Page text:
Is my Obama book, Power Wars, less “prosecutorial” than my Bush book, Takeover? Yes, some – and here’s why.

Last week, The Weekly Standard published a lengthy review of Power Wars: Inside Obama’s Post-9/11 Presidency by Gabriel Schoenfeld. I was grateful for the engagement with the book, though of course as with any review, I agreed with and liked some parts of it more than others. He and I had a private exchange about one part of what he wrote, and I decided I wanted to say publicly what I had explained to him. It centers on a comparison of Power Wars to my book about the Bush administration, Takeover: The Return of the Imperial Presidency and the Subversion of American Democracy.

Schoenfeld observed:

From the wealth of material assembled here, one could readily construct a withering indictment of Barack Obama’s handling of national security matters. But constructing such an indictment is hardly Savage’s purpose. Quite the contrary: If Savage hangs out a great deal of team Obama’s dirty laundry, he does so not to disparage the administration but as part of a cleansing process. Time and again, Savage presents a bill of particulars, and time and again he proceeds to defend the president and his men from the charge sheet. To be sure, he is unsparing in acknowledging abundant shortcomings of Obama and his aides, but by offering arguments and counterarguments, and often tracing failings to spurious Republican attacks and reflexive congressional resistance, he constructs the best possible case for them nonetheless.

Savage’s effort to be scrupulously fair to the Obama administration is both impressive and admirable. It also stands in sharp contrast to his consistently uncharitable assessment of the Bush administration in his previous book, Takeover (2007), which warned of “an emerging threat to the checks and balances devised by our Founding Fathers” and decried the “subversion of American democracy.” Whatever political predispositions explain the discrepancy between the prosecutorial tone of Savage’s first book and the excusatory stance of the second, Power Wars definitely deserves commendation for its candor, even if it is not consistently convincing.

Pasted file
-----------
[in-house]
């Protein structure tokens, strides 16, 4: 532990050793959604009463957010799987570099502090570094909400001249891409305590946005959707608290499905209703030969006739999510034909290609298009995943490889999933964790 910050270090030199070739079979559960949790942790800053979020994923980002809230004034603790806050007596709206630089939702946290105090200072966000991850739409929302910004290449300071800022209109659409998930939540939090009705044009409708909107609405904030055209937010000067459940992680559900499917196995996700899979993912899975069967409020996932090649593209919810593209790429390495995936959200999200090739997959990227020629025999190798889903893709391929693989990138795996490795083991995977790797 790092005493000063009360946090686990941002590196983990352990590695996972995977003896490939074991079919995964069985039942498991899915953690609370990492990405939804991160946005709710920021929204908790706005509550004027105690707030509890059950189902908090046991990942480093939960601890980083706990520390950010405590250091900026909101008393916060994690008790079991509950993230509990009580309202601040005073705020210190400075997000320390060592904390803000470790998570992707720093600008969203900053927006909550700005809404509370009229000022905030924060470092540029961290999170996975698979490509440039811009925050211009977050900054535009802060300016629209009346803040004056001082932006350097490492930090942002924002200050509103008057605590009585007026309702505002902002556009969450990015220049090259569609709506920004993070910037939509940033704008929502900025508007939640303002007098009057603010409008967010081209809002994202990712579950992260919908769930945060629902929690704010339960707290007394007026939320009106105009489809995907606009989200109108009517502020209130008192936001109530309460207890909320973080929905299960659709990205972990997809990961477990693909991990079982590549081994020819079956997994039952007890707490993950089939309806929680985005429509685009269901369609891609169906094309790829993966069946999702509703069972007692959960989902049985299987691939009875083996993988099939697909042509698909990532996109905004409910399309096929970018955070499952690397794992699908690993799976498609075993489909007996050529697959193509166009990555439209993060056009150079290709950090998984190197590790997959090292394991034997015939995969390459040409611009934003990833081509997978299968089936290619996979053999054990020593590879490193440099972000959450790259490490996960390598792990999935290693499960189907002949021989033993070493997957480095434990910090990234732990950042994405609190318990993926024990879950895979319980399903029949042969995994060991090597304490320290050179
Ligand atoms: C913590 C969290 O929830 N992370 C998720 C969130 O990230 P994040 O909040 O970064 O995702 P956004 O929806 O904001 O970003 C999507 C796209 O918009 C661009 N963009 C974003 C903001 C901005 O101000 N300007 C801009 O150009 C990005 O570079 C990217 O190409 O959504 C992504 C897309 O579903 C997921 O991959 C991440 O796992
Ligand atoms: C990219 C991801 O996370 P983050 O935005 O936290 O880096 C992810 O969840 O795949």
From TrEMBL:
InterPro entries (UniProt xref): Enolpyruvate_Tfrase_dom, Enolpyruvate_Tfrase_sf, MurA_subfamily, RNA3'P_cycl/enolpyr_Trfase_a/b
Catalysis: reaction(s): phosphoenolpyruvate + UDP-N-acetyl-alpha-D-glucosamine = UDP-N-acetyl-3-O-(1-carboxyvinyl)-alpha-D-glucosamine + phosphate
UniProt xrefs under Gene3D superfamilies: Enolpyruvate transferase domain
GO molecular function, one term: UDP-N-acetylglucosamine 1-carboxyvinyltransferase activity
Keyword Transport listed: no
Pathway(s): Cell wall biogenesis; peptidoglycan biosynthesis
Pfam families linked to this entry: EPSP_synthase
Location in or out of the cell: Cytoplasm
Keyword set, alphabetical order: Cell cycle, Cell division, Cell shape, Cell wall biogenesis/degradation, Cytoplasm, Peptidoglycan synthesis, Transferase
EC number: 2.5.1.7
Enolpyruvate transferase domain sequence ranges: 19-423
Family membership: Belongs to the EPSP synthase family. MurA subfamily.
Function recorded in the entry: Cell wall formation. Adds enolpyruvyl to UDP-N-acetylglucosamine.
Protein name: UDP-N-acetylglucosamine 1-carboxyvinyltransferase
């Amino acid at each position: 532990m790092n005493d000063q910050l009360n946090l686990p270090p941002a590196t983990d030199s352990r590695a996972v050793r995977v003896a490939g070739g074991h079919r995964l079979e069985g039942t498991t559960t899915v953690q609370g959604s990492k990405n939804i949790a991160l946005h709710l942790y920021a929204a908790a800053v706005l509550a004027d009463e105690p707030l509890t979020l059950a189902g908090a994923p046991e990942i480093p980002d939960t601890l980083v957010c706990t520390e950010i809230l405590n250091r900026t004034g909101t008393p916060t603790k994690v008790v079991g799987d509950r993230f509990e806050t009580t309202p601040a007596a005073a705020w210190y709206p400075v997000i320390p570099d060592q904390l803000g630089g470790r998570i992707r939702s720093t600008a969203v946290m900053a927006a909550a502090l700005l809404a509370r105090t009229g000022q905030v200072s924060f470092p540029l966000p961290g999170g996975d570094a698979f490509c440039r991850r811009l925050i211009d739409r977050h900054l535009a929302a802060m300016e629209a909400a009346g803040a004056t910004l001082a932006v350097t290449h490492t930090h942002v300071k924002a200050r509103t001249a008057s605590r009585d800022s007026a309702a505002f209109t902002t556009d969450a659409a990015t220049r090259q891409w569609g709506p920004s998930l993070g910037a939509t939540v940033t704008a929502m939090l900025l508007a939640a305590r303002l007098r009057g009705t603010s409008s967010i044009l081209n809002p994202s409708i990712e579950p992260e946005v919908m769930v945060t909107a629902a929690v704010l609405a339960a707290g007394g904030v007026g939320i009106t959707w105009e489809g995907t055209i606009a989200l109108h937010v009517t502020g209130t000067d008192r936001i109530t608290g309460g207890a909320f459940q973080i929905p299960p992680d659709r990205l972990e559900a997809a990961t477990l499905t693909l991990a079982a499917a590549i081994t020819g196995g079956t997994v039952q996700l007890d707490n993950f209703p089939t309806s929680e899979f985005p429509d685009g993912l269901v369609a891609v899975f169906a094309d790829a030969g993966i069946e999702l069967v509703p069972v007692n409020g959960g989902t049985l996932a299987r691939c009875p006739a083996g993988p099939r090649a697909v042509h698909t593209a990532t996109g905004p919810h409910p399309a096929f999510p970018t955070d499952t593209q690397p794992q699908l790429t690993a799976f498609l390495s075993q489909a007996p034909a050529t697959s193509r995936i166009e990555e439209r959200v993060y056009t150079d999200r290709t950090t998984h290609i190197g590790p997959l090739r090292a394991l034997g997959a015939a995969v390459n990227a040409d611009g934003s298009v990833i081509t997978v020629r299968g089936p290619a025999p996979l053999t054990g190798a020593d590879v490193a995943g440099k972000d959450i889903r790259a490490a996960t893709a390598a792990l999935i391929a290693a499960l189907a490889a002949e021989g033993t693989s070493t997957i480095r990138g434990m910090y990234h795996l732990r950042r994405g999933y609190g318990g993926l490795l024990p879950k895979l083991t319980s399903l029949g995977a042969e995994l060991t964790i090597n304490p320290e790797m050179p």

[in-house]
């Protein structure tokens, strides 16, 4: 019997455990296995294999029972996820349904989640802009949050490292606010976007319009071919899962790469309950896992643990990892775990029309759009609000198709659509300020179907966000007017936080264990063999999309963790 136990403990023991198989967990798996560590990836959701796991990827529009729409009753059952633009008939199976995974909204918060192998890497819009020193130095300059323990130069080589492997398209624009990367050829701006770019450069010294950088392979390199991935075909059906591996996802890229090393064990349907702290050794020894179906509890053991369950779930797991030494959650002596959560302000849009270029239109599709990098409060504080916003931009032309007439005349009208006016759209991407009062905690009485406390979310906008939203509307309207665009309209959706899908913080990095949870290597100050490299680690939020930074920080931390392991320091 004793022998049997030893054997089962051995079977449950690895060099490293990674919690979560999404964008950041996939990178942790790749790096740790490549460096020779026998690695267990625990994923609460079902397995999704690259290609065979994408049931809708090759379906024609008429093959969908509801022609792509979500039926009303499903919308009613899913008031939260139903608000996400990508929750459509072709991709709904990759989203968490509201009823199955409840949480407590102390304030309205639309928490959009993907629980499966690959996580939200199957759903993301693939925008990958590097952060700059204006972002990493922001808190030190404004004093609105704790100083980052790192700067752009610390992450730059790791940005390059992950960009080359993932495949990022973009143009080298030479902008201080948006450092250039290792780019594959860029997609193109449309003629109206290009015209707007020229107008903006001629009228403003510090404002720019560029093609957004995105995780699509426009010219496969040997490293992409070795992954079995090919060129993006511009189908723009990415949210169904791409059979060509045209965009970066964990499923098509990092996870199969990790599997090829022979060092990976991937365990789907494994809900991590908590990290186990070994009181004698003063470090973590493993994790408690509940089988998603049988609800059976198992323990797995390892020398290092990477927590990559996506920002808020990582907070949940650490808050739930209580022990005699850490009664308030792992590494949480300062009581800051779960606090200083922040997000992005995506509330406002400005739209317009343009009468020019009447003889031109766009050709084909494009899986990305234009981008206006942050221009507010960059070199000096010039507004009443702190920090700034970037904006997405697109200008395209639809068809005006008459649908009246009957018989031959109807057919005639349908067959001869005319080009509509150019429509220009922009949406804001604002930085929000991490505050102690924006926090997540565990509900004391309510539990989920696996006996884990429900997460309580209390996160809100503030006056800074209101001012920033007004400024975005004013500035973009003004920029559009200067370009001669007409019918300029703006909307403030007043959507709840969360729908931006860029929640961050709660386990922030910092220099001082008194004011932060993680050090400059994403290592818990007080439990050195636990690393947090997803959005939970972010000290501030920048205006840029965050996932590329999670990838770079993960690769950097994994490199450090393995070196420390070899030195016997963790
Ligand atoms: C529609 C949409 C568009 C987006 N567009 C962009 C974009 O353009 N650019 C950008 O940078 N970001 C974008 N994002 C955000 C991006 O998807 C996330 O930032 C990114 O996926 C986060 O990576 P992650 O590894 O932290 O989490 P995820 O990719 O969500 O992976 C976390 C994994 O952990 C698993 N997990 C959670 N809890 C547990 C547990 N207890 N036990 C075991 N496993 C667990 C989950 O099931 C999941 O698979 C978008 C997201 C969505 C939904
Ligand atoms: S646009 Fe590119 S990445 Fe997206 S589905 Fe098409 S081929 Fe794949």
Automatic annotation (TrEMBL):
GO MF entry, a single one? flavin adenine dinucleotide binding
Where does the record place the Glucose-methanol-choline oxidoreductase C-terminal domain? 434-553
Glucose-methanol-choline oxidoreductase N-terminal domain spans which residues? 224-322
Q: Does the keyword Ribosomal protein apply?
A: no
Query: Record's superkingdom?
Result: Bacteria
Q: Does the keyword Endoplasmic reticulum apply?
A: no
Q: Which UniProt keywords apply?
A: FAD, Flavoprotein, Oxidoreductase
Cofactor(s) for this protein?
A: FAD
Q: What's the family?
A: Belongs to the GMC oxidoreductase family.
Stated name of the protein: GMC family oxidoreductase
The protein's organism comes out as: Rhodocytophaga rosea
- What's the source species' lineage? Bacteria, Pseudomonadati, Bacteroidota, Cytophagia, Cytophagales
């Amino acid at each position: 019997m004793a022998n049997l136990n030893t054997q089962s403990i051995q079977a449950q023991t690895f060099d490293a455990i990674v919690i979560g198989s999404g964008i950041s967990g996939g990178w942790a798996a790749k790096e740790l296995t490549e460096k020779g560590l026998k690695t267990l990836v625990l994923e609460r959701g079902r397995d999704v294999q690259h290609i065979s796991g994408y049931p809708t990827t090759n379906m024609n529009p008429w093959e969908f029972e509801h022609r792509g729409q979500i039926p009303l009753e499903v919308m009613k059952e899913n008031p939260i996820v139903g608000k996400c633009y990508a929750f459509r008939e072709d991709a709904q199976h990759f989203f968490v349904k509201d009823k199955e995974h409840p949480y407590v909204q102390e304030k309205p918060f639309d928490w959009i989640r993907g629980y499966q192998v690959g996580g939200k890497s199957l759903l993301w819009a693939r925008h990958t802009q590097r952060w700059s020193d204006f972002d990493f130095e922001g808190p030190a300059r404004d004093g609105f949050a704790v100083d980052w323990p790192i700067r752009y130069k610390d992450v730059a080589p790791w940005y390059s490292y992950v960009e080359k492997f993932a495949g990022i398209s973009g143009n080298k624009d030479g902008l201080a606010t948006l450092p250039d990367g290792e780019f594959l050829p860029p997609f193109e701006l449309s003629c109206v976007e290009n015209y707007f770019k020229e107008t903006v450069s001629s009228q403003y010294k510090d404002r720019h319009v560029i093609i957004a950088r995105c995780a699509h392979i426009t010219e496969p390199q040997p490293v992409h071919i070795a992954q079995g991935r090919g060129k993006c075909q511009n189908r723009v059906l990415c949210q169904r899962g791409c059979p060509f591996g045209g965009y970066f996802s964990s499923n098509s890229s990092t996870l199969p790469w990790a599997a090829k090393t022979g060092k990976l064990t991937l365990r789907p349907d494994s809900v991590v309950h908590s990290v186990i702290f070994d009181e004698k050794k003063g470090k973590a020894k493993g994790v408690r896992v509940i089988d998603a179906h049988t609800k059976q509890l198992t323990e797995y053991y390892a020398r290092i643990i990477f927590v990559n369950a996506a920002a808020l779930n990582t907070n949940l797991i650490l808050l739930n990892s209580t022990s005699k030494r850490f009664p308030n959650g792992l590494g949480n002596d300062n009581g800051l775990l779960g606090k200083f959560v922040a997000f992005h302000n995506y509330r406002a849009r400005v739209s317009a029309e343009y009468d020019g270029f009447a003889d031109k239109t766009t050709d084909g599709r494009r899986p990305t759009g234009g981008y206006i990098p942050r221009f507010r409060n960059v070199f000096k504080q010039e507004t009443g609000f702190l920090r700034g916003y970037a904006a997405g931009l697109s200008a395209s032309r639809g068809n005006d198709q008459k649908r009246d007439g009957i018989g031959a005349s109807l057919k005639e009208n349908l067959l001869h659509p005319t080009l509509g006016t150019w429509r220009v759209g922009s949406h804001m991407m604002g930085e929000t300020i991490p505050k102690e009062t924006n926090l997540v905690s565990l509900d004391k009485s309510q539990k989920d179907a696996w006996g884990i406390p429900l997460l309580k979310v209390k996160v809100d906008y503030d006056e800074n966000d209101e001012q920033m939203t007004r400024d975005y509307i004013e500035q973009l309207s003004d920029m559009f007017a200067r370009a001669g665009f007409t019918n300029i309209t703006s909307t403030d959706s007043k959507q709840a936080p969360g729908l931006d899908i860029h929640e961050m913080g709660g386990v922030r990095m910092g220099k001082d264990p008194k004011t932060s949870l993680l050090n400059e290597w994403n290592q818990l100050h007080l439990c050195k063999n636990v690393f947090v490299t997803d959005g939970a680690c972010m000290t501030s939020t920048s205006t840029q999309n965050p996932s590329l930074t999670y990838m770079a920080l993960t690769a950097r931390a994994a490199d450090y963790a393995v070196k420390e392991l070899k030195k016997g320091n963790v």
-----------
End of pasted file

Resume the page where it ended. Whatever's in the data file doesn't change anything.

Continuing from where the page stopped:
So, even as Schoenfeld acknowledges that Power Wars is unsparing in surfacing Obama’s dirty laundry, he also suggests that I let political bias color my presentation of this material in comparison to my attitude eight years ago about the Bush administration’s shortcomings. Two things about this, and then a story about what someone in government told me about the difference between the two books:

First, neither of the two quotes that Schoenfeld cites as representing Takeover – that it warned of “an emerging threat to the checks and balances devised by our Founding Fathers” and decried the “subversion of American democracy” – are inside that book. The first is from the dust jacket and the second is from the subtitle – in other words, they are the marketing, not the content. I have long disliked both, finding them to be more strident than the tone of the book I wrote. As a second-time author this time around, I was more aggressive with Little Brown in keeping the tone of such things for Power Wars more neutral, in line with the tone of the content. Perhaps too much so – maybe its more aggressive subtitle and jacket is a factor in why Takeover reached the bestseller list and Power Wars has not, even though the latter is, I think, a better book.